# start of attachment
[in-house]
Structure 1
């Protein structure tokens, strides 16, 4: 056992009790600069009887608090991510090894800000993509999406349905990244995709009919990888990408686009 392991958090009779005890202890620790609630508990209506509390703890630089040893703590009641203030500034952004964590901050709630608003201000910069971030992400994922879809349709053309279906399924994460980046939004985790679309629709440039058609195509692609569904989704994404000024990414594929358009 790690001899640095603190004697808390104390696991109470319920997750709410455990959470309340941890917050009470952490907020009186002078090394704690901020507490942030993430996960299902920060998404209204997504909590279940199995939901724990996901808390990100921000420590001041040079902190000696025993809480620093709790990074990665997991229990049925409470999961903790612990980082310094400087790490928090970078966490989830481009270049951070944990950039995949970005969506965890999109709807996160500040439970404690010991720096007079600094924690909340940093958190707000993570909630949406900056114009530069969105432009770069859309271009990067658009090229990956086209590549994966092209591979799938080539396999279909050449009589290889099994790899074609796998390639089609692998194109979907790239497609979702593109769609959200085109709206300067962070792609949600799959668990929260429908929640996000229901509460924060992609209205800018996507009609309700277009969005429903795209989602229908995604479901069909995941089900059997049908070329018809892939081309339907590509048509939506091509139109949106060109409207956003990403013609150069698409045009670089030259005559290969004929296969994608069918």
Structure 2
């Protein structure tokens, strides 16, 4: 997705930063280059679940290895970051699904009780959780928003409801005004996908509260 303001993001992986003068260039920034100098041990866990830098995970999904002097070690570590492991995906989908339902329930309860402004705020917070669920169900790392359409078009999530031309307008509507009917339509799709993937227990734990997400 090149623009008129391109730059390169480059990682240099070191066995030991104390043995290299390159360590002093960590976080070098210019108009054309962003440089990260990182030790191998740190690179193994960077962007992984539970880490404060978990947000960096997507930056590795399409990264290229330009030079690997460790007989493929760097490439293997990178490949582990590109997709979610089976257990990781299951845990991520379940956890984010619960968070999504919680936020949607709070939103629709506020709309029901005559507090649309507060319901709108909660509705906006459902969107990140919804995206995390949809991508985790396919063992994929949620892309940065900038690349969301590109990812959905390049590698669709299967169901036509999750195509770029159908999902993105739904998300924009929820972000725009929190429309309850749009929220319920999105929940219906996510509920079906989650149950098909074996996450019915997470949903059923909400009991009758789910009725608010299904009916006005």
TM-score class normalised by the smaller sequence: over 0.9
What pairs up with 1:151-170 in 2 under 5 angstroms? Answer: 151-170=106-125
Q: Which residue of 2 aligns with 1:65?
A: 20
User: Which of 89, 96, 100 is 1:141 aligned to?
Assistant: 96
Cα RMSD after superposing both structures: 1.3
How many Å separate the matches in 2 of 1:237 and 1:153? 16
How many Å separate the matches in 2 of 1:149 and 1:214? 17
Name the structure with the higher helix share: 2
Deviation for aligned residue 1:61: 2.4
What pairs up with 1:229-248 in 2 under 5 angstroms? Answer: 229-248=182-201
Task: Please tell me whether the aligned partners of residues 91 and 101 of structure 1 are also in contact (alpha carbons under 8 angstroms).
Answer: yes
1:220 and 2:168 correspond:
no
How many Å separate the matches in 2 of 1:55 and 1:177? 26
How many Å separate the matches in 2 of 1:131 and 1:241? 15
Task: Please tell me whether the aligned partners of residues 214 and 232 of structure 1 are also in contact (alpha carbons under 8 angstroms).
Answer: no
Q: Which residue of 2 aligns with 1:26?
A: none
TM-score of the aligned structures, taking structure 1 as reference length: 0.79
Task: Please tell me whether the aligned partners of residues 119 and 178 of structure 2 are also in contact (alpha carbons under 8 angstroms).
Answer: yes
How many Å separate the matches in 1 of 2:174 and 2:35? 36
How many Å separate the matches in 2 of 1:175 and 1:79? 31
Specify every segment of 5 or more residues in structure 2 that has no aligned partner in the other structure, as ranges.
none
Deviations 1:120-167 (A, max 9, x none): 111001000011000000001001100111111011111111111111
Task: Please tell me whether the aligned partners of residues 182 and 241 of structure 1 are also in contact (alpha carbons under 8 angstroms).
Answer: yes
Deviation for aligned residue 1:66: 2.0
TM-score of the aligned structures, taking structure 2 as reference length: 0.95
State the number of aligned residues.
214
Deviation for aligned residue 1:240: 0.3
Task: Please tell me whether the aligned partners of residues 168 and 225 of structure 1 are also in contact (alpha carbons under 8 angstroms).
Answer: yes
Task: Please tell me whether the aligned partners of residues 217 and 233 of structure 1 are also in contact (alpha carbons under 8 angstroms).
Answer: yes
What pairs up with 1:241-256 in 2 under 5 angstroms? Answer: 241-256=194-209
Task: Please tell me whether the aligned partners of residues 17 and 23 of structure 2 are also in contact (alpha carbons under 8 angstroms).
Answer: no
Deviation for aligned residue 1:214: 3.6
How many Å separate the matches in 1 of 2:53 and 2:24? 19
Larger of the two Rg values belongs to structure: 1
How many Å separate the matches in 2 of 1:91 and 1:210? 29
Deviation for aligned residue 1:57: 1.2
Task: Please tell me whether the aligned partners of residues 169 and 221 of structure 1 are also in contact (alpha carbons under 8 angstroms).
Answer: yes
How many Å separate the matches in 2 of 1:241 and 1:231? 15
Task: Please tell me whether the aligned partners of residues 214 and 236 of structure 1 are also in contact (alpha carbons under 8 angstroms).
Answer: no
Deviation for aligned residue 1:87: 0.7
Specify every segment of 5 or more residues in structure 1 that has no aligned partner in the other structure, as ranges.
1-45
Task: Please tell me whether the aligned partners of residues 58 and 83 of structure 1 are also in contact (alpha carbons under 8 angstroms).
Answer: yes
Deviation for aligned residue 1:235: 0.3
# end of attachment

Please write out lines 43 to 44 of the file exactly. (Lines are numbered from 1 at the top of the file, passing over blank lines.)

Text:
Task: Please tell me whether the aligned partners of residues 168 and 225 of structure 1 are also in contact (alpha carbons under 8 angstroms).
Answer: yes